Pakistan, Cameroon, and the Syrian Arab Republic pose the greatest risk of further wild poliovirus exportations in 2014. These States should:
officially declare, if not already done, at the level of head of state or government, that the interruption of poliovirus transmission is a national public health emergency;
ensure that all residents and long-term visitors (i.e. > 4 weeks) receive a dose of OPV or inactivated poliovirus vaccine (IPV) between 4 weeks and 12 months prior to international travel;
ensure that those undertaking urgent travel (i.e. within 4 weeks), who have not received a dose of OPV or IPV in the previous 4 weeks to 12 months, receive a dose of polio vaccine at least by the time of departure as this will still provide benefit, particularly for frequent travellers;
ensure that such travellers are provided with an International Certificate of Vaccination or Prophylaxis in the form specified in Annex 6 of the International Health Regulations (2005) to record their polio vaccination and serve as proof of vaccination;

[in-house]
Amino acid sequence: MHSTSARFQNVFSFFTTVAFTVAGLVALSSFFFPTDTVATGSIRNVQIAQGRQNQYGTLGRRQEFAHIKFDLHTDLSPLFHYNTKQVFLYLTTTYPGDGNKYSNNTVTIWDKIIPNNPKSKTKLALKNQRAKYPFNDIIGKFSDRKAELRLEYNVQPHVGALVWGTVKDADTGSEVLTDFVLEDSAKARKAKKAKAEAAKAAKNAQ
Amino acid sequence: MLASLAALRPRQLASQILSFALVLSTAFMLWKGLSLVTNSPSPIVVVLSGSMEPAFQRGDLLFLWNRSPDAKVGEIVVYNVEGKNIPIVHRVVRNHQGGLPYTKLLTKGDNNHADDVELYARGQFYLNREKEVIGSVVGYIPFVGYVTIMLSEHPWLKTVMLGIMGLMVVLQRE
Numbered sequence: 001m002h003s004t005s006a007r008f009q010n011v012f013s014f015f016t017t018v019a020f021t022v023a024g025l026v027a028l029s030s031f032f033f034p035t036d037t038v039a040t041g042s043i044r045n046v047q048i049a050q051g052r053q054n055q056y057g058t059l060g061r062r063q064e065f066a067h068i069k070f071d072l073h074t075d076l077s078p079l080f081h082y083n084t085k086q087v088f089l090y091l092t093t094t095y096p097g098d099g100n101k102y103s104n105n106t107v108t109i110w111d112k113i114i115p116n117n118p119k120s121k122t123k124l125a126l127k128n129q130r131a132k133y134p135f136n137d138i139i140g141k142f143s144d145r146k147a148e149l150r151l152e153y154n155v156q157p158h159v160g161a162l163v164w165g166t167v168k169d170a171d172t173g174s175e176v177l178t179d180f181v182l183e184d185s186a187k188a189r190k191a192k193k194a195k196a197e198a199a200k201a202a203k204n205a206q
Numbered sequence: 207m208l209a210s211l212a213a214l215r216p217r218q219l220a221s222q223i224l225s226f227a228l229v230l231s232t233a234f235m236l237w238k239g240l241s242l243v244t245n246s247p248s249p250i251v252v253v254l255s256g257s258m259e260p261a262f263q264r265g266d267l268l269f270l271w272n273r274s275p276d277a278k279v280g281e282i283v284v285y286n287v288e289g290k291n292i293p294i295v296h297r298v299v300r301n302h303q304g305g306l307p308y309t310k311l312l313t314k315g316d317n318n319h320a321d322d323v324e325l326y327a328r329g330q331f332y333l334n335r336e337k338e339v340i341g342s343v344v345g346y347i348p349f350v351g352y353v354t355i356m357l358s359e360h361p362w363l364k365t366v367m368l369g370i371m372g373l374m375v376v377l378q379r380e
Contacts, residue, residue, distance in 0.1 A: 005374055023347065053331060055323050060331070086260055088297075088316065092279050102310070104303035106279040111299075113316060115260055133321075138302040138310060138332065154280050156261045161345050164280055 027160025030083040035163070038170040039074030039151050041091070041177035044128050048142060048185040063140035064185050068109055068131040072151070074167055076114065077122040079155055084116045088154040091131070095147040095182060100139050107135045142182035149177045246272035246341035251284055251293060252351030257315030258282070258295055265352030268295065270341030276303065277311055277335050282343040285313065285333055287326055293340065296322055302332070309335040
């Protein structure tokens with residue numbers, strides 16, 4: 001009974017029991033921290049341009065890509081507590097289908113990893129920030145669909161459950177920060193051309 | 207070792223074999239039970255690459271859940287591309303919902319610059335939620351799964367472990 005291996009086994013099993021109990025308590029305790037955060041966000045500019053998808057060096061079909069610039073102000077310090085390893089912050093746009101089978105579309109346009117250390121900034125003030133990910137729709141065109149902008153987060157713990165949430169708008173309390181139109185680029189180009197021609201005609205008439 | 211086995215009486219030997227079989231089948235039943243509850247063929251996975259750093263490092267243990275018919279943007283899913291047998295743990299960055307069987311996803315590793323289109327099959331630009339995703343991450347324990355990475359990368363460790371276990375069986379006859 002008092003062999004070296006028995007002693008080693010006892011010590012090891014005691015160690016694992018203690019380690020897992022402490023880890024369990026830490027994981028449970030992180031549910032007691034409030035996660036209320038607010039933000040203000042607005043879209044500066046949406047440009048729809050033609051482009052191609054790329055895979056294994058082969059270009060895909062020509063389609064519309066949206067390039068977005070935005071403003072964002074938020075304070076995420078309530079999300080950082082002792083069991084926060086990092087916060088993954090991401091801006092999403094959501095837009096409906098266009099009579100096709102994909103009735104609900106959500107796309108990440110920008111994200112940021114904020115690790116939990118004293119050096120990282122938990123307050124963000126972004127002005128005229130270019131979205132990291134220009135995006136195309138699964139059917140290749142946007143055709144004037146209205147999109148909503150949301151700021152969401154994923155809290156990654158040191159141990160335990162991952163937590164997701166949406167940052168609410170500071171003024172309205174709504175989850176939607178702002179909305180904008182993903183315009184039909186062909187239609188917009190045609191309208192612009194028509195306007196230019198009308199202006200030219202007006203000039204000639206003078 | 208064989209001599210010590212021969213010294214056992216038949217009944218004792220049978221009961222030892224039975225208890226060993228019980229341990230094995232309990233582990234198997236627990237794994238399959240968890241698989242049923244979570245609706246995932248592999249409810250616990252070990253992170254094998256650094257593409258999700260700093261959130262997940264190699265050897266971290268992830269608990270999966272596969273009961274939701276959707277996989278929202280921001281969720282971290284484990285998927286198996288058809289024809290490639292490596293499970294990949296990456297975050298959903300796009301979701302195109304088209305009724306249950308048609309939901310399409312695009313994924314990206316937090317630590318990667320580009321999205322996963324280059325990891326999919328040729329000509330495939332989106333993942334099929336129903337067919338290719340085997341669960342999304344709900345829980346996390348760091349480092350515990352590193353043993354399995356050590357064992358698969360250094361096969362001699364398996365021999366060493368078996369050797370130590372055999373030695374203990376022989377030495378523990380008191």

maintain these measures until the following criteria have been met: (i) at least 6 months have passed without new exportations and (ii) there is documentation of full application of high quality eradication activities in all infected and high risk areas; in the absence of such documentation these measures should be maintained until at least 12 months have passed without new exportations.
Once a State has met the criteria to be assessed as no longer exporting wild poliovirus, it should continue to be considered as an infected State until such time as it has met the criteria to be removed from that category.
States infected with wild poliovirus but not currently exporting
Afghanistan, Equatorial Guinea, Ethiopia, Iraq, Israel, Somalia and particularly Nigeria, given the international spread from that State historically, pose an ongoing risk for new wild poliovirus exportations in 2014.